California became the latest state to put a on hold future executions Wednesday after voters twice rejected efforts to repeal capital punishment in the past six years, Anadolu Agency reports.
Governor Gavin Newsom signed an executive order putting a moratorium on capital punishment in the U.S.'s most populous state, and immediately shuttered the execution chamber at San Quentin State Prison in the San Francisco Bay Area where the state carries out lethal injections.
No execution has taken place at the prison since 2006 in part due to a lengthy appeals process that can significantly forestall sentences being carried out in addition to the bureaucratic processes to acquire and use the drugs used for lethal injections.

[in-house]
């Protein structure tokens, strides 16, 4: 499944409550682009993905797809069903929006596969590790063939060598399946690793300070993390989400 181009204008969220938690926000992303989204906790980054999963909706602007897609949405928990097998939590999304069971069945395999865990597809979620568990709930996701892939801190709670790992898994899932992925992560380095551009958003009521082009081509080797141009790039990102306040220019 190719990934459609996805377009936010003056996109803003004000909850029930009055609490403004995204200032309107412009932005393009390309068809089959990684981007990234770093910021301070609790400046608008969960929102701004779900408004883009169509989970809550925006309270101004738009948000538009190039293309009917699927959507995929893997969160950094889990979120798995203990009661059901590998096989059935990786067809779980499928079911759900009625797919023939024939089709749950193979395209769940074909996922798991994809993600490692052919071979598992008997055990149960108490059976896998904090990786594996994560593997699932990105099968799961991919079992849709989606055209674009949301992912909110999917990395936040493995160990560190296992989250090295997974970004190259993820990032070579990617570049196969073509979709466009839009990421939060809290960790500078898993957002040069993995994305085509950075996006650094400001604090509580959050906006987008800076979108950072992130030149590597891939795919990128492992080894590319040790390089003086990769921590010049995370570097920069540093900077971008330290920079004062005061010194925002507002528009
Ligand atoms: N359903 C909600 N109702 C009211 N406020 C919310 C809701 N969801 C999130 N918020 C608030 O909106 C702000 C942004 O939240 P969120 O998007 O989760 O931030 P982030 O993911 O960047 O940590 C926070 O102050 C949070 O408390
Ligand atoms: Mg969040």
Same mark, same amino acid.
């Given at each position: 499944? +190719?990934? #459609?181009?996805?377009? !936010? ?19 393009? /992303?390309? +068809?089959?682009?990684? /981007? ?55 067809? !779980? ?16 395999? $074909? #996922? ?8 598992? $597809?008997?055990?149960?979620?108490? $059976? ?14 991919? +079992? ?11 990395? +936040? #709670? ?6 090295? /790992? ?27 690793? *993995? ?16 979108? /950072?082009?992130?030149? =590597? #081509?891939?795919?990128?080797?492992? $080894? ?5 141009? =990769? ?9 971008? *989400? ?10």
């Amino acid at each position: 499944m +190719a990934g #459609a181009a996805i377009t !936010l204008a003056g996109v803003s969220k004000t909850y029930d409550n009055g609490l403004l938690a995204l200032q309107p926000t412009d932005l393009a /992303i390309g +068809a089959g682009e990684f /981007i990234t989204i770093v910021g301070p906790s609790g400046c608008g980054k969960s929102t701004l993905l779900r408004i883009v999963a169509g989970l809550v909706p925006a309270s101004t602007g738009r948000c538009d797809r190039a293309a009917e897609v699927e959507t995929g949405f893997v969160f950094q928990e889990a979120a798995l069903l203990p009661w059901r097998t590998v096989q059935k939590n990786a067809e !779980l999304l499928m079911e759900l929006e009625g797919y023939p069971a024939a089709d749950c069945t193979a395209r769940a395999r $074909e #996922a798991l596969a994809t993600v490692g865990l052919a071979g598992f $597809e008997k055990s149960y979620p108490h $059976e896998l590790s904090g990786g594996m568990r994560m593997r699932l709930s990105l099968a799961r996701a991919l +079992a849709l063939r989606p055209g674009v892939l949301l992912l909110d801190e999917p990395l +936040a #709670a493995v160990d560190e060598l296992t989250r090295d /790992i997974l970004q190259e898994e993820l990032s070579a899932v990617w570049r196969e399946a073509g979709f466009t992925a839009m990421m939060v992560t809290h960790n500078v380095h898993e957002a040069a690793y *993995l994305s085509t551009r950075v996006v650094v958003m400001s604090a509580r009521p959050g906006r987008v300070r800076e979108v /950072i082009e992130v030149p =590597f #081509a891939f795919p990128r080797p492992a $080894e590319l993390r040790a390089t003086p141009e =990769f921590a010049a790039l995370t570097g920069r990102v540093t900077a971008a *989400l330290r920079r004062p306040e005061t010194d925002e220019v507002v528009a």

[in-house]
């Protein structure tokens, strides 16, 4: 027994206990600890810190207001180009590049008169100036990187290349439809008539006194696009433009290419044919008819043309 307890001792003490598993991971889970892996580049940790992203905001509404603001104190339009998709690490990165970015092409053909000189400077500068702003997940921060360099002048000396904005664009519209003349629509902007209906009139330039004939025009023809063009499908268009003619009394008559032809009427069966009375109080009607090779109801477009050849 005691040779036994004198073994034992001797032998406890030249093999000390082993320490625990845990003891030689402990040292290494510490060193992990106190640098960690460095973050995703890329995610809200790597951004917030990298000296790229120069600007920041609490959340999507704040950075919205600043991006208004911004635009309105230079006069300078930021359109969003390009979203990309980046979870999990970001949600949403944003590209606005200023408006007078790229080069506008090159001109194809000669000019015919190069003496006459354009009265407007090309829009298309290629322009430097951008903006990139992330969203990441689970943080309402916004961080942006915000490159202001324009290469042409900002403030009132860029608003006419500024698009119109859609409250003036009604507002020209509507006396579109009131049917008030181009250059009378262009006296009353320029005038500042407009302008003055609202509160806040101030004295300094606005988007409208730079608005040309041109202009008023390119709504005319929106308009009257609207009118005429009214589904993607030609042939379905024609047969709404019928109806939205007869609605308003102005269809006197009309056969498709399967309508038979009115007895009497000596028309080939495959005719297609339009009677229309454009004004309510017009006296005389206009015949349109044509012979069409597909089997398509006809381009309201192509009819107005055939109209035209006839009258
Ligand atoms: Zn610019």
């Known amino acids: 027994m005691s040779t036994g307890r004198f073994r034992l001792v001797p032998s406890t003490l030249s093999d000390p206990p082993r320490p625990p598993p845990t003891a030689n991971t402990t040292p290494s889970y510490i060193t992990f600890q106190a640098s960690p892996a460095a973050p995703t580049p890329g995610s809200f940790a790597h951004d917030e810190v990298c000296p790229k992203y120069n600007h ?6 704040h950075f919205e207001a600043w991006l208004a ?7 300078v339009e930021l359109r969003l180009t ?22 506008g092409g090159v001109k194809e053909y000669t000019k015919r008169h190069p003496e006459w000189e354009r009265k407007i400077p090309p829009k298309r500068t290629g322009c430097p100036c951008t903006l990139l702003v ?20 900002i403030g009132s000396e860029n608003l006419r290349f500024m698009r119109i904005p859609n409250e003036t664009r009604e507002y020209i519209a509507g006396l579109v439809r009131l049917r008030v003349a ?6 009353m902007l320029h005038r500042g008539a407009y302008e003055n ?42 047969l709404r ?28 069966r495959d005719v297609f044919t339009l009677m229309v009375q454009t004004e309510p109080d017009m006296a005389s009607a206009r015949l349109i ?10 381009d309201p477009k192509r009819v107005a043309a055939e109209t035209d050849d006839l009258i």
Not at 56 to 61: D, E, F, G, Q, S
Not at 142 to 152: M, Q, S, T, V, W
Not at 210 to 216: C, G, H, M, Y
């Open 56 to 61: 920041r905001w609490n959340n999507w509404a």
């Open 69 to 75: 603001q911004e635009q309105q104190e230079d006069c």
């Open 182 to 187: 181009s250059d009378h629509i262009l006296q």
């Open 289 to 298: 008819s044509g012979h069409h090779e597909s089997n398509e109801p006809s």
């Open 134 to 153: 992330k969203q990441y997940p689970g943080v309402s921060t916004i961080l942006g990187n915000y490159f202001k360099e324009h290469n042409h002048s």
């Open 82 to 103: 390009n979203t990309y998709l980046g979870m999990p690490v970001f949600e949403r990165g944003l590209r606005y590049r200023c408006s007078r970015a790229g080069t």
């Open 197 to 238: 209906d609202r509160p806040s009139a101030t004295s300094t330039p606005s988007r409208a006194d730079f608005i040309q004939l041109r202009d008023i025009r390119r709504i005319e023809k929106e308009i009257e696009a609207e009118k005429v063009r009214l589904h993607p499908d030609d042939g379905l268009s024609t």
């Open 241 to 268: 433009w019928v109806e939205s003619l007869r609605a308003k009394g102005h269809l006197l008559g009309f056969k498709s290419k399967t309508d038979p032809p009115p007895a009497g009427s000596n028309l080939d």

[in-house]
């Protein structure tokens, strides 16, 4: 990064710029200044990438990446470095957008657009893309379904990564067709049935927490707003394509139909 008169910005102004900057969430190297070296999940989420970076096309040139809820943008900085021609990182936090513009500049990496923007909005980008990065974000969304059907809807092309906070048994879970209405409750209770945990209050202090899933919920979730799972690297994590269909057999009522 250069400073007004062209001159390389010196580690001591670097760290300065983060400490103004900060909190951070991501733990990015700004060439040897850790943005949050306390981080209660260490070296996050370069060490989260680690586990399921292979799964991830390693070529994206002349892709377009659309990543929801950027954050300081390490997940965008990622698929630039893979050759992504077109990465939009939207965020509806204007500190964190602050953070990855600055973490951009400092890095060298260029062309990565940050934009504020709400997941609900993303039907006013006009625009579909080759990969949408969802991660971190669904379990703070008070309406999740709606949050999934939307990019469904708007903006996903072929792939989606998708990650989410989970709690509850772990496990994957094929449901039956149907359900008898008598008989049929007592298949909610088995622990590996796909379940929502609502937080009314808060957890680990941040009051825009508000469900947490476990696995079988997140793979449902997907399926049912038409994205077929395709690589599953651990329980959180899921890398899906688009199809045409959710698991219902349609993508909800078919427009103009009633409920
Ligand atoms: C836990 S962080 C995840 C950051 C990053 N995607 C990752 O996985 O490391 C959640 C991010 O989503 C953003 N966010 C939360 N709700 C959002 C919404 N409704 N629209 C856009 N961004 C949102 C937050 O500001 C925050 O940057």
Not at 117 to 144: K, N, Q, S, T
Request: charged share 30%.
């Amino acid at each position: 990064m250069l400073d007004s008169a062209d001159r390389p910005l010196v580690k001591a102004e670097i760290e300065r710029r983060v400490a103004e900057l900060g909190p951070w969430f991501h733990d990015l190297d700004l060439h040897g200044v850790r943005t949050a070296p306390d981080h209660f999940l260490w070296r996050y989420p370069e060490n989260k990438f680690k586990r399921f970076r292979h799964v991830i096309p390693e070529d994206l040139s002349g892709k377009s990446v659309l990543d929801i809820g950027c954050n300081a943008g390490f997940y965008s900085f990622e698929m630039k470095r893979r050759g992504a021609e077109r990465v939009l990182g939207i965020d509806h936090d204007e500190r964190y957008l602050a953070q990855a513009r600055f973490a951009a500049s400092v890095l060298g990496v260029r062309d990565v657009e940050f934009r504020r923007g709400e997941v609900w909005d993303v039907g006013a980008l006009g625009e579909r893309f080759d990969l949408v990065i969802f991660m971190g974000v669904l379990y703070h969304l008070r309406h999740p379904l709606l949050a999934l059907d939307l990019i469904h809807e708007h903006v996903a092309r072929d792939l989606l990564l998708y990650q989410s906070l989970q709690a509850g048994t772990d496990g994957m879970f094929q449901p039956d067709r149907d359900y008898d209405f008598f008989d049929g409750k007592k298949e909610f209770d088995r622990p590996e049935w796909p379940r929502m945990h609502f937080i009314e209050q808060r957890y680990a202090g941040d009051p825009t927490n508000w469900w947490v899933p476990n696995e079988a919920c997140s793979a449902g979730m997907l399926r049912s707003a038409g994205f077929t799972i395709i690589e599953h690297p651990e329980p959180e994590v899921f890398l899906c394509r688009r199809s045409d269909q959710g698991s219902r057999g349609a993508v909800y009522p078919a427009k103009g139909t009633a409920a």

In all, 737 inmates are awaiting the death penalty in California. Their sentences will now be indefinitely postponed.
After signing the order, Newsom said his decision was not "flippant," and pointed to flaws in the criminal justice system which have resulted in people being put to death who were later found innocent of the crimes they were convicted.
We don't want to join Saudi Arabia. We don't want to perpetuate what's going on in North Korea," he told reporters at the state capitol. "I did this with a heavy heart, with deep appreciation for the emotions that drive this issue, and I did it with the victims in mind."
California now becomes the fourth state in which a governor has put a moratorium on the death penalty. The top state officials in Colorado, Oregon and Pennsylvania have previously carried out similar actions.